The name of the road came from that of Cavendish College, which was built during the period 1876-1891. The college was opened officially in 1889 by Lord Hartington but its fortunes had already declined and the premises were acquired by Homerton College in 1894.
The ownership of the Cavendish Estate on which Cavendish and Hills Avenues were built was in the name of Franks Waters from 1883. In May 1906 he was charged by Chesterton for work which they decided he should have carried out on the two roads in the way of paving, leveling and channeling. This amounted to £1146 for Cavendish, and £50 for Hills, Waters lived at the time at 56 Hills Road. Waters had used Edward Hammond, banker of Newmarket, to acquire £7500 to buy the land, and a further £2000 for improvements.
Jack Overhill describes the bombing raid which left 12 dead in Hills Road in his diary entry for Tuesday 25th February 1941:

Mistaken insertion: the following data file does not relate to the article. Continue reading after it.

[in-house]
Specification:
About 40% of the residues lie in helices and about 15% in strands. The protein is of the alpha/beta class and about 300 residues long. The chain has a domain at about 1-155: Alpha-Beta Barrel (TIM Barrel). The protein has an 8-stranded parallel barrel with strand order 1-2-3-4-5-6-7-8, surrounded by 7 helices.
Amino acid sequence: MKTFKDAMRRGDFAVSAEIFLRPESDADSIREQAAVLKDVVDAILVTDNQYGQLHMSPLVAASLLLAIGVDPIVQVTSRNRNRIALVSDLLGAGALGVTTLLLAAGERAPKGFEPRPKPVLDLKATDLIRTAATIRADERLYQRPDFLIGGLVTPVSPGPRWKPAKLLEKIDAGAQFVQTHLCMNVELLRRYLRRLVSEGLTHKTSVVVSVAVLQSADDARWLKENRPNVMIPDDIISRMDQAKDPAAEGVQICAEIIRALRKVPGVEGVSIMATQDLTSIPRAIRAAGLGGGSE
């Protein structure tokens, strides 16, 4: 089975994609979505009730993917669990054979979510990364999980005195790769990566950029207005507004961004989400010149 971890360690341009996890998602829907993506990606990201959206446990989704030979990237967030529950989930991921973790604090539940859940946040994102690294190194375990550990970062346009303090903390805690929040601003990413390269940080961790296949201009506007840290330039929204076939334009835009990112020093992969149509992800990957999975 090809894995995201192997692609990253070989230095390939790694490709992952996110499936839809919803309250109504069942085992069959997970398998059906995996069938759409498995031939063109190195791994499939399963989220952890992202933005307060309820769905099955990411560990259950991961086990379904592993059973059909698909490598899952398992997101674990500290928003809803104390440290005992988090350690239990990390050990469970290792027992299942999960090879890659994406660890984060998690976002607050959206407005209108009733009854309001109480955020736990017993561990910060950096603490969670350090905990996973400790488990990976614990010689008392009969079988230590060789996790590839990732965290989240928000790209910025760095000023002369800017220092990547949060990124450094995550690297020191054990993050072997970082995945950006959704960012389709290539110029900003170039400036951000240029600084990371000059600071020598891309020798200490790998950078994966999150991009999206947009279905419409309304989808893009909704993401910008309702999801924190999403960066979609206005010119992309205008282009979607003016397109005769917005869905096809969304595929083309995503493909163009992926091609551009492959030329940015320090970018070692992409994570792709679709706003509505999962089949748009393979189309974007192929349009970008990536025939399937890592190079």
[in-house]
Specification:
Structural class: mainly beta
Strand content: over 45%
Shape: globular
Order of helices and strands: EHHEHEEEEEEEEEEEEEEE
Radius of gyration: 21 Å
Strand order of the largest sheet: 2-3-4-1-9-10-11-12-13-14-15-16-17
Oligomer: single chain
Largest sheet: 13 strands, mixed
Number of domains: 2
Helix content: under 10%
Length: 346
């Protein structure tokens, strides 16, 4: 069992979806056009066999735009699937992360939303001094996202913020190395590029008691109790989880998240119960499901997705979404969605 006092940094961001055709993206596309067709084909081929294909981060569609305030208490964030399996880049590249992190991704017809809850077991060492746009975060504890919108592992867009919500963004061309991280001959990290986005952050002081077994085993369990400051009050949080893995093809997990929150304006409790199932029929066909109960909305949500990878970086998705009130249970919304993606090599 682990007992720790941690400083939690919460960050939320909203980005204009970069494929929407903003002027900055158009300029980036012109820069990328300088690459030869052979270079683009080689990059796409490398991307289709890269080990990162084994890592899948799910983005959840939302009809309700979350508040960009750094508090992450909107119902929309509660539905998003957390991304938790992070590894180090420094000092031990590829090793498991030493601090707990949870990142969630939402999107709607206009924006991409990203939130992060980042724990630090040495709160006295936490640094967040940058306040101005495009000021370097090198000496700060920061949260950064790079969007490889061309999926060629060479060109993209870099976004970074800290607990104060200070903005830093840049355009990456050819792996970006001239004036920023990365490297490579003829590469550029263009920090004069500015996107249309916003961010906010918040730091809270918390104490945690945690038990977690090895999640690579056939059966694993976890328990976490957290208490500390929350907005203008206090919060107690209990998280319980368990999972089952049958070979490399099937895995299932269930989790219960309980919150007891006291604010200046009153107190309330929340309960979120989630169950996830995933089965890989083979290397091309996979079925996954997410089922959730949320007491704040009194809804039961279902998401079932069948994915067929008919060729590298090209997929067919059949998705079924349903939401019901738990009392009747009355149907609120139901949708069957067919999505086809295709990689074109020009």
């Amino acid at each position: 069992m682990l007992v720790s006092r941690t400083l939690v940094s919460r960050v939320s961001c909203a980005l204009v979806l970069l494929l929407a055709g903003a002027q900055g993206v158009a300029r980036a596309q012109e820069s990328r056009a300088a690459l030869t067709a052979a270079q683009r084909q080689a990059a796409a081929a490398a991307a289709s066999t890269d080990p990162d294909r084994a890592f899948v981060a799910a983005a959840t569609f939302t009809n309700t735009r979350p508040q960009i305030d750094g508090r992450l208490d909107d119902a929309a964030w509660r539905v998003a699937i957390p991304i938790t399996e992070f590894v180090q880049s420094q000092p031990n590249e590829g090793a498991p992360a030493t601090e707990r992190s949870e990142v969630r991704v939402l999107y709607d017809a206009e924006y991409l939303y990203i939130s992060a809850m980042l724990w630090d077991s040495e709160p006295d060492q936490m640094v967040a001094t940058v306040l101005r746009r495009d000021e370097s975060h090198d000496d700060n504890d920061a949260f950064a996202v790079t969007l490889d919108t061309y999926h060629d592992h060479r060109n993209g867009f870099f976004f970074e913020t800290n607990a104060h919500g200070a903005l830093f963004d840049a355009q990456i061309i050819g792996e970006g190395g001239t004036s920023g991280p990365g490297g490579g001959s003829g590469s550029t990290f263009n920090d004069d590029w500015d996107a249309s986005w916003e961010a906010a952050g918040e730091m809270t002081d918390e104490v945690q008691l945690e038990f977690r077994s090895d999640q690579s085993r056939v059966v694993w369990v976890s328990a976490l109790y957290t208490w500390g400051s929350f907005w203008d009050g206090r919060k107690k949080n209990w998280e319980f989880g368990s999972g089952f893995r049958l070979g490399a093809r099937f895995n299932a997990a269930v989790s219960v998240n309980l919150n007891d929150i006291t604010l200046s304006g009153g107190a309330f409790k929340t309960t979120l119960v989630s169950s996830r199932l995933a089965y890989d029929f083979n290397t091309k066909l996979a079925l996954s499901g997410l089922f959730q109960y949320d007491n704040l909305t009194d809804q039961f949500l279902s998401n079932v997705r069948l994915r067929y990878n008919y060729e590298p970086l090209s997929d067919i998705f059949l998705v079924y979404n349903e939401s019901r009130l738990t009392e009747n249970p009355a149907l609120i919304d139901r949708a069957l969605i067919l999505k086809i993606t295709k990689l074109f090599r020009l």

The reason for this attack, probably due to a convoy of tanks that came into the town last night and wound its way along Hills Road, over the bridge with lights on and looking like a great bloody snake accordingly to a chap who told me about it. The tanks are still parked round Cavendish Avenue and a convoy of lorries is along Brookside, so we’re wondering if we’ll get it again tonight.
Those residents of Cavendish Avenue who served in the military or as volunteers during World War are listed here:
Residents of the road have included:
Paul Dirac (no.7) physicist
Sources: Cambridge News (Cambridgeshire Collection), UK census, Ancestry UK, Red Cross
This work is licensed under a Creative Commons Attribution-NonCommercial-ShareAlike 4.0 International License.
Thank you for exploring historical Cambridgeshire! We hope you enjoy your visit.
Did you know that we are a small, independent Museum and that we rely on donations from people like you to survive?
If you love Capturing Cambridge, and you are able to, we’d appreciate your support today.
Every donation makes a world of difference.
The Museum of Cambridge